I really enjoyed Brunonia Barry's The Lace Reader. Having just finished writing about one unreliable narrator, Lucy Snowe, in Villette, it's ironic that the very next novel I read eerily follows stylistically in suit.
Towner Whitney discloses this to the reader from the very beginning. There's nothing better than a protagonist who is a truthful liar to set the stage for the contemporary gothic.
"My name is Towner Whitney. No, that's not exactly true. My real first name is Sophya. Never believe me. I lie all the time. I am a crazy woman. That last part is true."
Towner Whitney comes from a long line of lace reading Whitney women from Salem. (Yes, Salem of the"Let's burn them witches at the stake" Salem)
"Around every corner of Salem lurks a history lesson. Dead ahead as I walk is the Custom house with its gold roof. This is where Hawthorne worked his day job, an appointed position as clerk. Using the locals as subject matter, revealing their secrets, Hawthorne basically wrote his way out of this town, escaping west to Concord before the townspeople remembered their talent with the old tar and feathers. Still, now they celebrate Hawthorne as their own. The same way they celebrate the witches, who never existed at all in the days of the witch trials but who thrive here in great numbers now."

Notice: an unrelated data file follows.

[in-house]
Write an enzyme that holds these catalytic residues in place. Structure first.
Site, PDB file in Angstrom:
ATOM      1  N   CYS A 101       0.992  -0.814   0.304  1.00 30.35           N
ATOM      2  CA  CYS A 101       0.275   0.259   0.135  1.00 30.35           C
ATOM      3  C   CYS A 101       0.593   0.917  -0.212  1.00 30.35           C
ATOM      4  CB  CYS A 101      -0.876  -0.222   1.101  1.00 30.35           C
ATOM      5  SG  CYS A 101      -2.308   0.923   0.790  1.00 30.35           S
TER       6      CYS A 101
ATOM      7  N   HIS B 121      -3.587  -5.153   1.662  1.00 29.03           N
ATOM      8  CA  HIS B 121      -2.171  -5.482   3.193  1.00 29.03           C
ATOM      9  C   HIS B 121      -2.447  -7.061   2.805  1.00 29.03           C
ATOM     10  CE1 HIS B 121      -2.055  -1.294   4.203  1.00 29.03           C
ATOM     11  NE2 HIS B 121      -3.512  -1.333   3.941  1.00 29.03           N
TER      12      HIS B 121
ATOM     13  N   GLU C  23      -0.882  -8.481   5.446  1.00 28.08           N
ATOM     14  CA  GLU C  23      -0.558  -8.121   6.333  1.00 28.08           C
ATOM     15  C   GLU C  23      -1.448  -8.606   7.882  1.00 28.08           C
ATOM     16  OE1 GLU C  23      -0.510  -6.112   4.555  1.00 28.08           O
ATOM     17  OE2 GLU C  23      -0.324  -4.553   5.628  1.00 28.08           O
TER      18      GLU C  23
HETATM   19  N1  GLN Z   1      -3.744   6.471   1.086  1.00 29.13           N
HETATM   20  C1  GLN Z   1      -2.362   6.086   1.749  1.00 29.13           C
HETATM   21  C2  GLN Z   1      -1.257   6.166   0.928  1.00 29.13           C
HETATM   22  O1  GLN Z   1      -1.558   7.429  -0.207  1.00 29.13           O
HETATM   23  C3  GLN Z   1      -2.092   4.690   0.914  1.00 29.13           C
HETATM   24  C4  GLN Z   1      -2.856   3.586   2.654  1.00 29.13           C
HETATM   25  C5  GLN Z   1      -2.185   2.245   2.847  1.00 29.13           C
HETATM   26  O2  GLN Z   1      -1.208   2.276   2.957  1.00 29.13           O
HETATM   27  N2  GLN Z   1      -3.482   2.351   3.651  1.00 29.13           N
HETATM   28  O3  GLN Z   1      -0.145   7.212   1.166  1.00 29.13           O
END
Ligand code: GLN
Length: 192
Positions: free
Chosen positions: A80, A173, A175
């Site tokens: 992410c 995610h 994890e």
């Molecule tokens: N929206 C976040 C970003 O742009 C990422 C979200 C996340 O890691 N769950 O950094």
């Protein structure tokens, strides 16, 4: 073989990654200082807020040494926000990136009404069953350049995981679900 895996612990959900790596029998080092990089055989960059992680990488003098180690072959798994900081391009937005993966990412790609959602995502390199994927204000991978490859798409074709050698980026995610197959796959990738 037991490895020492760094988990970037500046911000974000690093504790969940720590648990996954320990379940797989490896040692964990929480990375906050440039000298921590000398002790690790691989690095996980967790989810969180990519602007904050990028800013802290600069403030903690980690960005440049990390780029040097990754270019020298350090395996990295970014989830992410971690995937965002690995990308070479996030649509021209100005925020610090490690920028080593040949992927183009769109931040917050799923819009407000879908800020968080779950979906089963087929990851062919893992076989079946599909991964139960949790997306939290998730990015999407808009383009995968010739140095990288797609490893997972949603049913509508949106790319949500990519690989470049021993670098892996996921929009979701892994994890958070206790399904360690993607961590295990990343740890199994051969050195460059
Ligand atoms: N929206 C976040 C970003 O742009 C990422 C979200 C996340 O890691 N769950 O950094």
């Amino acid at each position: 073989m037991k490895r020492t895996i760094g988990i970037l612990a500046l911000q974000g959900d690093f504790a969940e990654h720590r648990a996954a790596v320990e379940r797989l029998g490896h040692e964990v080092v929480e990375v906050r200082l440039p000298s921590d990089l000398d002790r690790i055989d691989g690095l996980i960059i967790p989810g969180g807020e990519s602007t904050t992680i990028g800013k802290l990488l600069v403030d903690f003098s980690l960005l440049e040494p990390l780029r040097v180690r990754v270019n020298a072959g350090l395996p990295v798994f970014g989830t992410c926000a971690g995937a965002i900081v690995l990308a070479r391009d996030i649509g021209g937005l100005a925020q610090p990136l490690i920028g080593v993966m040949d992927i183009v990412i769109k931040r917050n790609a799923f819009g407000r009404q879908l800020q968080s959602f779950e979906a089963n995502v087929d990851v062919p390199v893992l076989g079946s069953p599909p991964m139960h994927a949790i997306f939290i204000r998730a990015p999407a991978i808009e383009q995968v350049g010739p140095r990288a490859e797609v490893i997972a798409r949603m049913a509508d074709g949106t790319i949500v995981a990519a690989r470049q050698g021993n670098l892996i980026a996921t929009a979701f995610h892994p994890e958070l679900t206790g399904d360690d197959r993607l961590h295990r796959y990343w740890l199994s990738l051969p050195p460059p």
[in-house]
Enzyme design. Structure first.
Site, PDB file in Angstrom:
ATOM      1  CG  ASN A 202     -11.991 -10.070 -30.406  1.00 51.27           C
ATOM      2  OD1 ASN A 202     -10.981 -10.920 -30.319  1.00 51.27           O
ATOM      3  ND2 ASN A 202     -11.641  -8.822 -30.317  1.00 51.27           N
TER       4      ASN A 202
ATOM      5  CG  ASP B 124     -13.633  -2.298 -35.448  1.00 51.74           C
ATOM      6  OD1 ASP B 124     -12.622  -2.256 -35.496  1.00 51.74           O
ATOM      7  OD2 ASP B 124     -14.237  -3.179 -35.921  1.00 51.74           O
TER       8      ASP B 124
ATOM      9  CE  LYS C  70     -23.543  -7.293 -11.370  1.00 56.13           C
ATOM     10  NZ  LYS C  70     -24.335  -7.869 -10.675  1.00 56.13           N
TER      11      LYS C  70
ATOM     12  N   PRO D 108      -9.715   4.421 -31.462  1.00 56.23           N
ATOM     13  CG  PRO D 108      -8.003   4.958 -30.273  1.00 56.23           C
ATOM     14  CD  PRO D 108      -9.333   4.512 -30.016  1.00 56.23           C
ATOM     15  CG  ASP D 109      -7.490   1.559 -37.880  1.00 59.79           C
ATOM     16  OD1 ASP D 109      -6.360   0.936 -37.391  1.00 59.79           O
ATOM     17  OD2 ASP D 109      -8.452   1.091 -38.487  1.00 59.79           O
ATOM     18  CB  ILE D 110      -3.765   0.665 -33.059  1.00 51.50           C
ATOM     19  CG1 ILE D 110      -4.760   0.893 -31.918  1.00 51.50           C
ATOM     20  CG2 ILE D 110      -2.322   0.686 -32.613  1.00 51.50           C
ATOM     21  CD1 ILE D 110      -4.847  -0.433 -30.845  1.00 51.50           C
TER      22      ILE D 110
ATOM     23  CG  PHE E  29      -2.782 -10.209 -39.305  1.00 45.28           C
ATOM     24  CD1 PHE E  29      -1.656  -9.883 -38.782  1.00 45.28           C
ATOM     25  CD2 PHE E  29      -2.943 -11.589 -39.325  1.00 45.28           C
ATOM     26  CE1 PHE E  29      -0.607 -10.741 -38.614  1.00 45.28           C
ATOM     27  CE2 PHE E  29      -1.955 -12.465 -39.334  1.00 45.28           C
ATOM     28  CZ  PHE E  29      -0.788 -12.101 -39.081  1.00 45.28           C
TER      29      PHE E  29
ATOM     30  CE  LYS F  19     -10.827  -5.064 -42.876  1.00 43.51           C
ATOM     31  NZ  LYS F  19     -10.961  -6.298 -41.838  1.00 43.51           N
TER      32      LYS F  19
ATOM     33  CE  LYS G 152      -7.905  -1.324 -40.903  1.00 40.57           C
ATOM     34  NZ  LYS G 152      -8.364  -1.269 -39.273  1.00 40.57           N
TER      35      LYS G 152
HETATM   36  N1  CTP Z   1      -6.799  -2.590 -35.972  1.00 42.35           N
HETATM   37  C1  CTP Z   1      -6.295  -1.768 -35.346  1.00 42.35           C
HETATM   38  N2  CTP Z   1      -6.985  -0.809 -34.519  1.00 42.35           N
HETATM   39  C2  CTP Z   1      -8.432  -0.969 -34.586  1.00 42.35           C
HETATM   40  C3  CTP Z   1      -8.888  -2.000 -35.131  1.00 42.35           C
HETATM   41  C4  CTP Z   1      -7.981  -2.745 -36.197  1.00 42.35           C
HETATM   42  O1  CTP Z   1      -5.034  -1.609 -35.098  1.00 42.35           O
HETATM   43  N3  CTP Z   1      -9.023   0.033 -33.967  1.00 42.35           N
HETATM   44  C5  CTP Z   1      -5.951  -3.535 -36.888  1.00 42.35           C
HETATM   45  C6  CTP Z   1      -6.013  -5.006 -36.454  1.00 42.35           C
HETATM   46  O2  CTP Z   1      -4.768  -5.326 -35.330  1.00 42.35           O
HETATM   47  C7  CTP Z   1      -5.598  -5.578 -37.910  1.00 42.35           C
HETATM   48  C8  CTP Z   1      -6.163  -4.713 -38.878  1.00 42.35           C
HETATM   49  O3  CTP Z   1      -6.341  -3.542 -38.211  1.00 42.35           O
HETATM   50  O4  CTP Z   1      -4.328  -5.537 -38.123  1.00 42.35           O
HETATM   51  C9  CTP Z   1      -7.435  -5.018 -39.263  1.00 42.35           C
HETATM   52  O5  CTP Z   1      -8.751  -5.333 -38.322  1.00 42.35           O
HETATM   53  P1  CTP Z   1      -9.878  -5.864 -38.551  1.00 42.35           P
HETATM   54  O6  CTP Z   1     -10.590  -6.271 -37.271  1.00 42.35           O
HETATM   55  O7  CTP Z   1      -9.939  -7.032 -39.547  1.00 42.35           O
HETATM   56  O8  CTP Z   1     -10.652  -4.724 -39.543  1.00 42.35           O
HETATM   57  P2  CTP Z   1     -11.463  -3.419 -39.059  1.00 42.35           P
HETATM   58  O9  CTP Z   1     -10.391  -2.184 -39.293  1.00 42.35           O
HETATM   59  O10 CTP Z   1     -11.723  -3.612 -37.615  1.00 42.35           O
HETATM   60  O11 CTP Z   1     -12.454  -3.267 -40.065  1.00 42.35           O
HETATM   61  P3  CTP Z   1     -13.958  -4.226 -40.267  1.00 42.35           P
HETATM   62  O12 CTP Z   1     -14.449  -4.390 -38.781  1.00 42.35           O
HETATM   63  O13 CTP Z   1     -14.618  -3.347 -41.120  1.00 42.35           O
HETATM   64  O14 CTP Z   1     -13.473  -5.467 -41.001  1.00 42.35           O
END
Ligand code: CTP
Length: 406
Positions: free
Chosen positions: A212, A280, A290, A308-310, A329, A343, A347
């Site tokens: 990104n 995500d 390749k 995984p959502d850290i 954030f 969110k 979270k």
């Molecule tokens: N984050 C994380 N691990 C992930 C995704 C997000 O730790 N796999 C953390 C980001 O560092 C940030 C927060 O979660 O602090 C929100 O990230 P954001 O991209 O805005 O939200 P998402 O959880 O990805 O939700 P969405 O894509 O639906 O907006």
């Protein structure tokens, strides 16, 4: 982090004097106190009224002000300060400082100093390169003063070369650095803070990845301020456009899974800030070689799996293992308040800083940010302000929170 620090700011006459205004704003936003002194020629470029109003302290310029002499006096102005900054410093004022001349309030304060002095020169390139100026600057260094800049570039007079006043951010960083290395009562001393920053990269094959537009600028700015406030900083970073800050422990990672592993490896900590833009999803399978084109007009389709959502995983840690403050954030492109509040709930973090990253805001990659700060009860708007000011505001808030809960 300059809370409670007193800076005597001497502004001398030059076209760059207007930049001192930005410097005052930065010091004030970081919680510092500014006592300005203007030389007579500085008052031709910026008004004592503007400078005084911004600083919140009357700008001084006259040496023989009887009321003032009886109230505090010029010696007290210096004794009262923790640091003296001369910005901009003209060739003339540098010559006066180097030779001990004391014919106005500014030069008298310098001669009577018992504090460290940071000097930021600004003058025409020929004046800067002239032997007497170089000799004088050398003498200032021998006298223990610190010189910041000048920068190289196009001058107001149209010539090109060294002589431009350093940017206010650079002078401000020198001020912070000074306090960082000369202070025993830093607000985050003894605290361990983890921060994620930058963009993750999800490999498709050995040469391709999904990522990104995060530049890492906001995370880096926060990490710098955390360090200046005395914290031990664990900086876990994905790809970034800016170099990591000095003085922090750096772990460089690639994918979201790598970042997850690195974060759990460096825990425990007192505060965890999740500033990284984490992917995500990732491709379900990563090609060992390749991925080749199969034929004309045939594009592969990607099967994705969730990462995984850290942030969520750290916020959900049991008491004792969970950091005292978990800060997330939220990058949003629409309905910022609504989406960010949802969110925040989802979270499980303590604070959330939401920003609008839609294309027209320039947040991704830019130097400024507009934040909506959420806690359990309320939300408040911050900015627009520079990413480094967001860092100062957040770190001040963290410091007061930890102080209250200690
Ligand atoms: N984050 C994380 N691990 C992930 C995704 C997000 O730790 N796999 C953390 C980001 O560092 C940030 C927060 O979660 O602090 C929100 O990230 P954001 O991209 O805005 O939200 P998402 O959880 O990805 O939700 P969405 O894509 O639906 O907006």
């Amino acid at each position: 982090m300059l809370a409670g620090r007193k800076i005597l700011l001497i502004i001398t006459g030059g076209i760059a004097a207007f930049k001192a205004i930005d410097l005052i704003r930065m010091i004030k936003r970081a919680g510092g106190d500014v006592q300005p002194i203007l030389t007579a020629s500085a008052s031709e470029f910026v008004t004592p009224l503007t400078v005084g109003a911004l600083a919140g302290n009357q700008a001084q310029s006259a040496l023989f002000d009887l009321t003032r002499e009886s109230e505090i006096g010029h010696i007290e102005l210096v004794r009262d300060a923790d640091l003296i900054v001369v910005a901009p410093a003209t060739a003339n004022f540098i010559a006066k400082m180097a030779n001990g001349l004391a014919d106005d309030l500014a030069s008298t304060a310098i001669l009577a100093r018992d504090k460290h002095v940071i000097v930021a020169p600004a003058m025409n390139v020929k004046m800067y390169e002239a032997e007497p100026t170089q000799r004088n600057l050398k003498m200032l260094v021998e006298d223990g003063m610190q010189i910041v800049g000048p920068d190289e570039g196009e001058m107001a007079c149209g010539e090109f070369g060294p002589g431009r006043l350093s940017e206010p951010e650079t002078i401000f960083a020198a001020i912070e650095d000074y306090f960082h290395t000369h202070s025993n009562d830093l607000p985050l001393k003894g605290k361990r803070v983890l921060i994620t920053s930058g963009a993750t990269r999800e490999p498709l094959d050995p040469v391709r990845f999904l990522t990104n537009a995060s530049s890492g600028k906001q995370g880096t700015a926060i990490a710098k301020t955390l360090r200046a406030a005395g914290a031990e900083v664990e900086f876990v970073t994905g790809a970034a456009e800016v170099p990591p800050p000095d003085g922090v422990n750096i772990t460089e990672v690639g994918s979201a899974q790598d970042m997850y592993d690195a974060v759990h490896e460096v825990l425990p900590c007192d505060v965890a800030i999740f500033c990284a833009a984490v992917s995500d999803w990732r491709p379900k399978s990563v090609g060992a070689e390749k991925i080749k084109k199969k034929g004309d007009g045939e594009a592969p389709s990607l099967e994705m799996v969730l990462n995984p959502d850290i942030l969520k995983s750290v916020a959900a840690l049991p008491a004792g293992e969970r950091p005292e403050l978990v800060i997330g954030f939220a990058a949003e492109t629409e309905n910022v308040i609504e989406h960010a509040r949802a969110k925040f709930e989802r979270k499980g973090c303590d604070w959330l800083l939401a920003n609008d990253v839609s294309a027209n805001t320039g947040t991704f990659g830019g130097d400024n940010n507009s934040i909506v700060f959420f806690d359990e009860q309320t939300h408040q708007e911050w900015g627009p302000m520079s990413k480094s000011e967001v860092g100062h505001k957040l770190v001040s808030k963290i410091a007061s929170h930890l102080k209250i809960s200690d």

Towner has been in California for the past 15 years in what appears to be a self imposed exile and is called back home because of the disappearance of her elderly great- aunt Eva.
I won't go into too many particulars because this is the type of book that can spoil quickly if too much is discussed ahead of time. I read a few reviews that spoke to the ending of this story and so I was able to solve the mystery slightly ahead of where it would have been most satisfying - at the end. I doubt I could ever watch The Sixth Sense again because of this idea of once you "get it" the magic, the mystical, and the mystery, disappear. That movie was powerful for me because I "missed it" and then I "got it". Well, in truth, I'm embarrassed that I totally missed the whole thing until the end; I just felt stupider than all my friends who apparently tapped into their inner clairvoyance and solved it within moments. Hmmm.
The hard thing about really good first novels as a reader is waiting for the really good second novel. Barry's next book, The Map of True Places is due to be released May 4, 2010. Click the link and you can download and read the opening chapters.
Now if only Diane Setterfield would publish a second. If you have not read her first, The Thirteenth Tale, then put it on your TBR list. Riveting.
Fractured by Catherine McKenzie Published by Lake Union Julie, her husband, and their twin six-year-olds have recently moved across the country to Cincinna...